81. This is particularly the case where forms of assistance may have been paid into a joint bank account or into a former spouse or partner’s bank account, especially if opening a new bank account or preventing payment of funds into an overdrawn account would likely be difficult for individuals who have been experiencing financial abuse.

82. The EQIA identified no negative impacts in relation to this protected characteristic arising from the safeguards introduced by the regulations.

Monitoring and review

83. On-going stakeholder engagement with key organisations – such as the Child Poverty Action Group, Rights Advice Scotland, Young Scot, DACBEAG, and our Ill Health and Disability Benefit Stakeholder Reference Group – will provide the Scottish Government with an opportunity to monitor the impact of the changes made by these regulations.

84. The Communities Analysis Division within the Scottish Government will also run a comprehensive evaluation programme to consider the impact of the changes made by these regulations, with a full suite of equalities data for new applicants.

85. The Scottish Ministers have also committed to engaging with, and reporting regular progress to, the Islands Strategic Group to ensure that those representing the interests of island communities and others with experience of the current system, are fairly represented in the development and delivery of the Scottish social security system.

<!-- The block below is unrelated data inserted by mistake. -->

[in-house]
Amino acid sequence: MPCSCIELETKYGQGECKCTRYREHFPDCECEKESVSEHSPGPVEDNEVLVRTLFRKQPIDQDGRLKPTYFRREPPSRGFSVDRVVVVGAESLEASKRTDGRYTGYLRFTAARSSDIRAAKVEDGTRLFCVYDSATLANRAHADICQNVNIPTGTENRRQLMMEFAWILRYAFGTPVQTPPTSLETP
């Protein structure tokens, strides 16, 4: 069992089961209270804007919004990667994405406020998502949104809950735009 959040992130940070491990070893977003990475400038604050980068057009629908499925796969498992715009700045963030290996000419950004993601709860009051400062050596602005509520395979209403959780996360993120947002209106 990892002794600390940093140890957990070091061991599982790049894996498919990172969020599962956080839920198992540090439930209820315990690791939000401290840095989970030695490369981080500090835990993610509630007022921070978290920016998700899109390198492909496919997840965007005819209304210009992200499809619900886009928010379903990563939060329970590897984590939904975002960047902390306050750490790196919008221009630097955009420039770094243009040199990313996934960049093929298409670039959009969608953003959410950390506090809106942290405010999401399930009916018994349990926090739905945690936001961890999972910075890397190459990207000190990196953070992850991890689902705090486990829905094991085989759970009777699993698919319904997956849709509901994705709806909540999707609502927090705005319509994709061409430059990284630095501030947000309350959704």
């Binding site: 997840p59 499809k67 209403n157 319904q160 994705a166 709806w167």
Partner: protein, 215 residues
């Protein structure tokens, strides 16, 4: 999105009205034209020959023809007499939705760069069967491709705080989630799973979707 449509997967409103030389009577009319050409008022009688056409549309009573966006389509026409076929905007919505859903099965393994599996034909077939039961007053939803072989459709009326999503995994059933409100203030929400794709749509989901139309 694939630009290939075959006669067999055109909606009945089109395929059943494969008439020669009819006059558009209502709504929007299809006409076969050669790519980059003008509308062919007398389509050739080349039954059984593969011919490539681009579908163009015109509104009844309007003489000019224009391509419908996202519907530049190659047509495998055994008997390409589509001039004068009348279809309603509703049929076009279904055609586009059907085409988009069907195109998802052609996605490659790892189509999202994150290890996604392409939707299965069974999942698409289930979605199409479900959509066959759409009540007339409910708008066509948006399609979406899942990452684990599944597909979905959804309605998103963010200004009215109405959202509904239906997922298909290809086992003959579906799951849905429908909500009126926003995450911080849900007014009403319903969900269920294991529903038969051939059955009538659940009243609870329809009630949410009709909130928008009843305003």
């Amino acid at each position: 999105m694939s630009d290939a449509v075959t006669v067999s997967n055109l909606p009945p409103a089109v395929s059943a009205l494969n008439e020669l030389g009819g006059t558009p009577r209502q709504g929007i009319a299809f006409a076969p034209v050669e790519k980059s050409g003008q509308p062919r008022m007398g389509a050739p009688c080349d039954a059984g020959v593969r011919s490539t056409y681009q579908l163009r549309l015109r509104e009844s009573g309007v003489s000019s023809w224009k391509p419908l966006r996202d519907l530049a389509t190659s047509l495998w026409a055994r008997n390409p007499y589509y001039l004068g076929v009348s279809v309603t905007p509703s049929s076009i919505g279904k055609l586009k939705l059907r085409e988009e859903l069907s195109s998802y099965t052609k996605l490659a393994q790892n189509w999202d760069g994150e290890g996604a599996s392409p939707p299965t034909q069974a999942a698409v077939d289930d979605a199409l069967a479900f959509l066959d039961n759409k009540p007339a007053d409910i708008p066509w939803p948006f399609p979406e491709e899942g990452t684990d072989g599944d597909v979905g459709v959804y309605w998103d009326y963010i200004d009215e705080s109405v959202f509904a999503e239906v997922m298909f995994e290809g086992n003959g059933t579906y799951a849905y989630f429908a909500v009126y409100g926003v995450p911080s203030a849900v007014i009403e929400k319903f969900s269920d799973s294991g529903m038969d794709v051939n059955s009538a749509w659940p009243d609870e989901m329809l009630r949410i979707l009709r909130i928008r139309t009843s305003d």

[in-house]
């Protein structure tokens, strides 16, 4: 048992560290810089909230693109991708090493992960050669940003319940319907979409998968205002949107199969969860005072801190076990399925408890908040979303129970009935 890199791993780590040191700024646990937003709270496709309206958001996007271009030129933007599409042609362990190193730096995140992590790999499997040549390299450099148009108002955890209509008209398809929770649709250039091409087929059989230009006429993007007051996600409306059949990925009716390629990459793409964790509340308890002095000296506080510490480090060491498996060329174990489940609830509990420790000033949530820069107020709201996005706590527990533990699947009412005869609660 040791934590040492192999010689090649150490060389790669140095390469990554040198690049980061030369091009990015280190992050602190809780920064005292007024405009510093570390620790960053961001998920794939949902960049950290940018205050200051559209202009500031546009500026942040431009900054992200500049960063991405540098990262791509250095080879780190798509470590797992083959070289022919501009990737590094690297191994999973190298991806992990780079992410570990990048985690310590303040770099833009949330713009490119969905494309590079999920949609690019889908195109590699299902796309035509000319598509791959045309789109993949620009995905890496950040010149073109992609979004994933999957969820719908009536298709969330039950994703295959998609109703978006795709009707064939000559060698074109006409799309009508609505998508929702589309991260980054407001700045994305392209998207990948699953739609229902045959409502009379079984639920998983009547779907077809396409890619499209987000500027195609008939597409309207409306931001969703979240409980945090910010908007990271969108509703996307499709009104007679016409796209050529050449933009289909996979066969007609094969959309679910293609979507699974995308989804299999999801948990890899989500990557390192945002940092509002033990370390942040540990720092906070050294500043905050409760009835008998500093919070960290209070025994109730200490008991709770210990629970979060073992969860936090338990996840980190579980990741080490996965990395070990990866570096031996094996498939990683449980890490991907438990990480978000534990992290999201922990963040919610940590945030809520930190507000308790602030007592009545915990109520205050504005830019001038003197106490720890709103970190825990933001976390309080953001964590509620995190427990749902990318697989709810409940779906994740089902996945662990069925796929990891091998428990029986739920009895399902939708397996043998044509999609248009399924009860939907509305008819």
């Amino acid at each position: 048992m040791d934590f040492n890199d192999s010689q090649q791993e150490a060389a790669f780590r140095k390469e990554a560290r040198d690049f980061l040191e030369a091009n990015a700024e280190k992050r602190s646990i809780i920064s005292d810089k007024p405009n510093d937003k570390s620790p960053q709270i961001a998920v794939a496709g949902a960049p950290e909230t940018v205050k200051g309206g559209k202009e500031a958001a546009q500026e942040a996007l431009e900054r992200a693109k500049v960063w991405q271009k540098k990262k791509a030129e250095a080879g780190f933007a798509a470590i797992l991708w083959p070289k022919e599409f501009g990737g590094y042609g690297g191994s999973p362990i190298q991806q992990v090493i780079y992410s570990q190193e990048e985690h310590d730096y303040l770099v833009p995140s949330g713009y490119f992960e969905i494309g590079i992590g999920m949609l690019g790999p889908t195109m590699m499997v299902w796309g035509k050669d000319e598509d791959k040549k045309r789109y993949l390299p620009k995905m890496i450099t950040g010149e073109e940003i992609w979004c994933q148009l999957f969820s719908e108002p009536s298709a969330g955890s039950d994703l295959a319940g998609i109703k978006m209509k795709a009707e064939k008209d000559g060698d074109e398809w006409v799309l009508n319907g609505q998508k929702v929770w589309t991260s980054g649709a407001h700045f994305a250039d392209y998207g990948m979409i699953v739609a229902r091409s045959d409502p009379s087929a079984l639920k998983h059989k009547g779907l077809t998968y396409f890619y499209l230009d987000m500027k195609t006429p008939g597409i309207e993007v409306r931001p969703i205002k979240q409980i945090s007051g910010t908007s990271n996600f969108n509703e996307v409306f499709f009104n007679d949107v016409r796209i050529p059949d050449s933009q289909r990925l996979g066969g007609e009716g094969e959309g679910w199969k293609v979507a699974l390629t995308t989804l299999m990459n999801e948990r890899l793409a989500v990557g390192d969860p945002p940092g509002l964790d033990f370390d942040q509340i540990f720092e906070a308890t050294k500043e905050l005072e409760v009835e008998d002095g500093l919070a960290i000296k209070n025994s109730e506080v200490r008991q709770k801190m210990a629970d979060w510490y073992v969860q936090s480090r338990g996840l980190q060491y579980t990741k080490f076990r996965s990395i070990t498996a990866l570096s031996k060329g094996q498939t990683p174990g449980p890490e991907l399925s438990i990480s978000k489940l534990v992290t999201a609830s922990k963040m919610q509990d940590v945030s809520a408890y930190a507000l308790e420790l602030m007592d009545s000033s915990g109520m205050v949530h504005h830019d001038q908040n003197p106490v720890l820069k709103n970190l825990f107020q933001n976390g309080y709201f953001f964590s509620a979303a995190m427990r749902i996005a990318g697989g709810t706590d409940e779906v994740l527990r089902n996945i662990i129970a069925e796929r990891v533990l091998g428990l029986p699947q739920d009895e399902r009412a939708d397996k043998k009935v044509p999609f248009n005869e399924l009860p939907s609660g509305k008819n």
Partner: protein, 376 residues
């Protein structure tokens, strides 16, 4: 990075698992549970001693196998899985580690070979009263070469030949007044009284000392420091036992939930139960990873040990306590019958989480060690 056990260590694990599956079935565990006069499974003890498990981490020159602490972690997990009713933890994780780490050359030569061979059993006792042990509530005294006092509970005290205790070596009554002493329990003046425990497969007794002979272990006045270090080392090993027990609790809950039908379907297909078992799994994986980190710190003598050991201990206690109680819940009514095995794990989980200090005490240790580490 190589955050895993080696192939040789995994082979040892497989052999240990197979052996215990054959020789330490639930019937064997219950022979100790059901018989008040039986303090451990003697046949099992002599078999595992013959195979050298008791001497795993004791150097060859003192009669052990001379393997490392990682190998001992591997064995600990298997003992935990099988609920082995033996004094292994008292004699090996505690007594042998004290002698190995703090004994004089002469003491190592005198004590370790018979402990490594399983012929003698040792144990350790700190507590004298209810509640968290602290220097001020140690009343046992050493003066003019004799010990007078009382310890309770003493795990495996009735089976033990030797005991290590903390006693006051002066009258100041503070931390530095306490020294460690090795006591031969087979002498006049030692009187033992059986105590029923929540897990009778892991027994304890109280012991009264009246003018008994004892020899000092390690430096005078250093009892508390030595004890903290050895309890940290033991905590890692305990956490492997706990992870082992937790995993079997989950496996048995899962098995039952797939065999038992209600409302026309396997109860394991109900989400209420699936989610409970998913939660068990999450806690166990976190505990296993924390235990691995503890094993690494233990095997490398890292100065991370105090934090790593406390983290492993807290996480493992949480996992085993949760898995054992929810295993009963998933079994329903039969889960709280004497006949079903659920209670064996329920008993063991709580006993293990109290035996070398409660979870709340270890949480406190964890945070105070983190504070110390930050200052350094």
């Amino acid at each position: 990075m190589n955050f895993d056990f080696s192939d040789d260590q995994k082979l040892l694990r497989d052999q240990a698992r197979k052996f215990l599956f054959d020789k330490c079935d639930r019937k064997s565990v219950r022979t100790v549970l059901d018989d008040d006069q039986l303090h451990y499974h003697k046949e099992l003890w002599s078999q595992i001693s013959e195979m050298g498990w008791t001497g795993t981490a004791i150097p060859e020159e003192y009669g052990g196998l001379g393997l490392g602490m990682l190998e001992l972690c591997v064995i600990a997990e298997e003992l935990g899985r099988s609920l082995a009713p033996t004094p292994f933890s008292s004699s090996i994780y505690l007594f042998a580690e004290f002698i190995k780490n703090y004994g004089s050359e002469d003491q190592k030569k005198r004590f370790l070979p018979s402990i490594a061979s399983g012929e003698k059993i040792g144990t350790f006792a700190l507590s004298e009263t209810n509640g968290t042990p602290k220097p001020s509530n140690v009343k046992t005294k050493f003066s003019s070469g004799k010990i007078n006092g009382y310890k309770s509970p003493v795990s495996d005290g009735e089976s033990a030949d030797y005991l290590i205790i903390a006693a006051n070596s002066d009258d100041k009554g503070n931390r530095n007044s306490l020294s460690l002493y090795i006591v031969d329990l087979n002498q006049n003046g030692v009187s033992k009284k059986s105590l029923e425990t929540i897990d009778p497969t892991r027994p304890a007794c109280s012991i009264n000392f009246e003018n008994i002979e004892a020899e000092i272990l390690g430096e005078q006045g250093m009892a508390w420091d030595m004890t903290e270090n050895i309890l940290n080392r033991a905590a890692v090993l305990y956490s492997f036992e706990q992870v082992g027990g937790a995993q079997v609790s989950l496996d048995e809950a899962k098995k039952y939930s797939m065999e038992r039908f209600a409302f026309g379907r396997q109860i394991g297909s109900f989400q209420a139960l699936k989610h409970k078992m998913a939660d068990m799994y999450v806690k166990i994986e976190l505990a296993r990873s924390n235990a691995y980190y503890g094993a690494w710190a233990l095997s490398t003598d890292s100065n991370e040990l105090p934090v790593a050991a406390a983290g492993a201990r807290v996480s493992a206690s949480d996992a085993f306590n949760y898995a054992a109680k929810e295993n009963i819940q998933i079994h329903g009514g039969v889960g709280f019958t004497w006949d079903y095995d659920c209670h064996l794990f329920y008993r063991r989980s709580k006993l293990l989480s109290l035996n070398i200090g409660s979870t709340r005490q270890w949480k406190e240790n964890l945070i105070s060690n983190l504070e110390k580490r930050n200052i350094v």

86. The 2018 Act places a duty on the Scottish Ministers to publish an annual report on the performance of the Scottish social security system. On-going engagement with key stakeholders will also provide the Scottish Government with an opportunity to monitor the impact of the policy.

87. Audit Scotland will monitor and report on the delivery of the social security system, including Social Security Scotland.

Conclusion

88. This EQIA process has identified that overall, the introduction of the power to suspend payment of assistance under the Social Security (Scotland) Act 2018 has the potential to have a positive impact for all clients, including those withprotected characteristics.

89. The potential positive impacts include:

  • mitigating the potential risks of an individual’s entitlement to assistance terminating as a result of a failure to provide information to Social Security Scotland, by providing an opportunity to engage;
  • ensuring that vulnerable individuals are protected from the risks of economic and financial abuse, either by an appointee or by someone who is able to coercively control the individual’s finances; and
  • ensuring that an individual’s entitlement to assistance does not prematurely come to an end because a person appointed to act on their behalf if unwilling or unsuitable to continue to act on their behalf.

Authorisation

Name and job title of policy lead:

Niall Wilson
Policy Manager
Social Security Policy Division

Name and job title of Deputy Director or equivalent:

Ian Davidson
Deputy Director
Social Security Policy Division

Date this version authorised:


Contact

Email: niall.wilson@gov.scot